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Sibling Support Program: A Family-Centered Mental Health Initiative

Emily Rubin is a Program Associate for the Child and Adolescent Inpatient Mental Health Program at Franciscan. Her primary role is at UMass Medical School, as Director of Sibling Support and Lecturer in Psychiatry. We are thrilled to partner with Emily as she oversees the Sibling Support Program: A Family-Centered Mental Health Initiative. For more information, please contact Emily at 774-455-6537 or emily.rubin@umassmed.edu.

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Inspirational artwork pictured created by a patient in our Inpatient Mental Health Program.

Thursday nights at Franciscan are a time of learning and healing for families of children admitted to the Child and Adolescent Inpatient Mental Health Program, thanks to a new partnership between UMass Medical School and Franciscan Hospital for Children.

The Child and Adolescent Inpatient Mental Health Program (often referred to as Unit 1) unites the strengths of a premier mental health provider, McLean Hospital, with a nationally recognized leader in pediatric rehabilitation and special education, Franciscan Hospital for Children. It is a place for hope and recovery for children in psychiatric crisis, offering expert crisis stabilization, assessment, and inpatient mental health treatment in a safe and nurturing environment.

When a child is in psychiatric crisis, it affects every member of the family. Parents and caregivers often feel overwhelmed, deeply discouraged, and sometimes ashamed when a child’s behavioral needs require inpatient treatment. Many of their siblings have been exposed to physical and verbal aggression, and the sibling relationship can be confusing and scary.

I developed the Sibling Support Program: A Family-Centered Mental Health Initiative at the Eunice Kennedy Shriver Center of UMass Medical School to address the complex needs of families during a child’s psychiatric crisis. The goals of the program are to:

  • Increase sibling resiliency and mitigate the trauma commonly experienced by siblings of children and adolescents during psychiatric hospitalization
  • Build skills, competency and confidence among parents
  • Help restore family stability once the hospitalized patient returns home, minimizing rates of re-hospitalization
  • Build capacity among medical practitioners, thereby influencing the delivery of family-centered mental health care

As part of the program at Franciscan, all parents of children and adolescents admitted to Unit 1 receive a phone call with a personal invitation to participate from a trained parent mentor who shares the experience of raising a child with mental health issues. For many parents, getting that phone call from the parent mentor – who has firsthand experience of how a child’s mental health problems impact the entire family – is a powerful moment of feeling understood.

When families arrive at Franciscan on Thursday nights, parents and caregivers gather in a conference room to learn about the impact of mental illness on siblings, strategies to support siblings, and resources for siblings.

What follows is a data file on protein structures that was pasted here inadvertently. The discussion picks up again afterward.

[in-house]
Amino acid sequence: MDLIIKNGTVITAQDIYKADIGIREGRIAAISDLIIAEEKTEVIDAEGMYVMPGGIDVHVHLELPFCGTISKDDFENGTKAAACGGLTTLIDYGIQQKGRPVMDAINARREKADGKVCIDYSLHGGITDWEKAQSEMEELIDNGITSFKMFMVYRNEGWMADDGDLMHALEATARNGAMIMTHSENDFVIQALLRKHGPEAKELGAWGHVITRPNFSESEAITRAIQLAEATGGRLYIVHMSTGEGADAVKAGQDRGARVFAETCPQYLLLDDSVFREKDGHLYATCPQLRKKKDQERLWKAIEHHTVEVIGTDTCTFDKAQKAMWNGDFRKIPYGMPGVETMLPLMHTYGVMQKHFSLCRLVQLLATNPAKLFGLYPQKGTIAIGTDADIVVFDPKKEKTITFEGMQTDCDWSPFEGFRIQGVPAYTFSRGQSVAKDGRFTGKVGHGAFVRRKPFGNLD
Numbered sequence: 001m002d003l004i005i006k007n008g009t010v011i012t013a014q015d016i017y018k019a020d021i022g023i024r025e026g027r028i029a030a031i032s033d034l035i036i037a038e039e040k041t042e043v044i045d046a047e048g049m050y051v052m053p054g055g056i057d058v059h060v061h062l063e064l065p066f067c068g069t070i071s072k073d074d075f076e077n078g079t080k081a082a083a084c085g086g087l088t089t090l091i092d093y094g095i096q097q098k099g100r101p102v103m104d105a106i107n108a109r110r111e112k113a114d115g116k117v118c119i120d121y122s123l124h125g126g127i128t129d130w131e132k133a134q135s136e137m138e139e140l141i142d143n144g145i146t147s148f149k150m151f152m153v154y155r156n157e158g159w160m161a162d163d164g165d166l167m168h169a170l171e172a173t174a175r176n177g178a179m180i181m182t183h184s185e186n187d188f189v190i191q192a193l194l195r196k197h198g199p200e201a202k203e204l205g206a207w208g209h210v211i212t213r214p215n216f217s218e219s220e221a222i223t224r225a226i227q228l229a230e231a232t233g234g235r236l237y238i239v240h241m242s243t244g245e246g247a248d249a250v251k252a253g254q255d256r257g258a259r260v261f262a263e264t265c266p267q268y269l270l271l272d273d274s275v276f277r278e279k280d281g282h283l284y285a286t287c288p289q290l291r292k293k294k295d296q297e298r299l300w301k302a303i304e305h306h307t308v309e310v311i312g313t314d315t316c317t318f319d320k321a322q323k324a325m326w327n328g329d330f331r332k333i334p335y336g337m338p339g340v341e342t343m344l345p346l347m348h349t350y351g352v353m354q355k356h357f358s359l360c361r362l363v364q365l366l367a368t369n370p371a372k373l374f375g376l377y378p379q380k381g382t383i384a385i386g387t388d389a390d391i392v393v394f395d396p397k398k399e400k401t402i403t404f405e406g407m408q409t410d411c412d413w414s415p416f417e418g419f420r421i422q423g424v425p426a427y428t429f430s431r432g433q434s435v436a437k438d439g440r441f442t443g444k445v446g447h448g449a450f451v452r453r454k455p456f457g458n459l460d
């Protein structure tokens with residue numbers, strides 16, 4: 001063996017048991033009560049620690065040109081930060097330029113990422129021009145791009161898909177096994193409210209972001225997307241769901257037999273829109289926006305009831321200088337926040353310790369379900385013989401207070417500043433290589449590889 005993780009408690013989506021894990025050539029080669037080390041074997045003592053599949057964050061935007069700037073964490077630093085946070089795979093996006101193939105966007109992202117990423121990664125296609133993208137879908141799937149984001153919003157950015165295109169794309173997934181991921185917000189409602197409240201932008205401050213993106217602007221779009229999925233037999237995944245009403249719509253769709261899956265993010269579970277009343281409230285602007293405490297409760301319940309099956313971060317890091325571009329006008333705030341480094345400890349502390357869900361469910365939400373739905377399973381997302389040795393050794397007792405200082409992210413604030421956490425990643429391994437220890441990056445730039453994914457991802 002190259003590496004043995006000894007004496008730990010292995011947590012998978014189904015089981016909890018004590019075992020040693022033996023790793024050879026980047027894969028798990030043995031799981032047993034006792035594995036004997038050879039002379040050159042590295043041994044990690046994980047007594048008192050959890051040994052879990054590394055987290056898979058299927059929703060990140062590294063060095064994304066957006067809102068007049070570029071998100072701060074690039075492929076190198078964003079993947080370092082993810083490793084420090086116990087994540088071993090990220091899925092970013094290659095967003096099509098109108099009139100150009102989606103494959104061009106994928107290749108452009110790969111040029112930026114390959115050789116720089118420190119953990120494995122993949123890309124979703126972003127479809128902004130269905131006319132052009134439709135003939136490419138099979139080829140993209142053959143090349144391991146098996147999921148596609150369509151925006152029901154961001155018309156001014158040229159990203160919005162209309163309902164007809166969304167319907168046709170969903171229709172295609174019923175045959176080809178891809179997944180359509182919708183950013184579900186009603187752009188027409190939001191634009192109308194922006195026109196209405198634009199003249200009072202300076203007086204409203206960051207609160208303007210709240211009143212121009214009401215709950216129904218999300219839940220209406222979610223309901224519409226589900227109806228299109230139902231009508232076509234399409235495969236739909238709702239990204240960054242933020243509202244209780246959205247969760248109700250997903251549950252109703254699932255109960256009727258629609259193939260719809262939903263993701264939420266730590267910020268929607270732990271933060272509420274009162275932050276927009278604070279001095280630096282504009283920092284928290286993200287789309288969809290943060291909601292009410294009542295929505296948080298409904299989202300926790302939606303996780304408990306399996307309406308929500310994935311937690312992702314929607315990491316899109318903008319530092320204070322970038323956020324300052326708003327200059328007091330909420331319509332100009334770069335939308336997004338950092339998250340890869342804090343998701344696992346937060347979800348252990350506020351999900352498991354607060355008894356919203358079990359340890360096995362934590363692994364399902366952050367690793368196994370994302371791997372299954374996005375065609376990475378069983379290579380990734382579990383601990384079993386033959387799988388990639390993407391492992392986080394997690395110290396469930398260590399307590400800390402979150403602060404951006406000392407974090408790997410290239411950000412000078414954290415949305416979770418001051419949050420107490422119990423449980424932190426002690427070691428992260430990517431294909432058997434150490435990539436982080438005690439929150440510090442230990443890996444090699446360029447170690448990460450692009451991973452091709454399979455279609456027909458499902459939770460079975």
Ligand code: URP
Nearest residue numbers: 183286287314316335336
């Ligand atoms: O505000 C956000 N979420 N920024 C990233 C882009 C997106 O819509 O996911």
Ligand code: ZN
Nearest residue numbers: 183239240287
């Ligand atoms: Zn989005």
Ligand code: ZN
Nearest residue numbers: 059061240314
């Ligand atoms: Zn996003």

In a nearby room, siblings participate in activities which enable them to safely share their stories and hear the stories of other siblings. Through these activities, the siblings realize they are not alone, and that caring adults are available to help them process their feelings. They are also introduced to a range of coping skills, including how to manage difficult situations with their brothers and sisters.

Friendships frequently bloom among participating siblings, as well as parents, since they have an unspoken understanding of the challenges the families have faced. They have each endured emotional events leading up to the psychiatric hospitalization such as a child’s suicidality, psychotic breaks, threats of harming others, and running away.

Reception to the program among families and clinicians has been extremely positive: most parents report feeling “hopeless” or “discouraged” before participating in the program, and feeling “hopeful” and “less stressed” after participating. We see the same trend in siblings: they often report feeling scared or sad before participation, and following participation they feel happy and relieved. The majority of parents and siblings report they would recommend the groups to others.

While the sibling groups and parent groups have been shown to be an important source of support and information for participants, the groups also help to build trust between families and their treatment teams.

Furthermore, the groups are contributing to the education of psychology trainees, who report they are developing a better understanding of family-centered mental health care as a result of facilitating the sibling groups. Ashley Cameron and Lisa Rines-Toth, two doctoral students in psychology, co-lead the sibling group at Franciscan under the supervision of clinical psychologist Dr. Kristina Ten Haagen.

Close to 100 siblings and parents have participated in the Sibling Support Program at Franciscan since December 2015. The program has been implemented at other inpatient psychiatry units in the Boston area, and has served over 1000 participants to date. Post-hospitalization services for the Sibling Support Program are pending funding.

For more information and insights, please check out this news clip from WBZ-TV, featuring the Sibling Support Program in a story that aired in December 2015.

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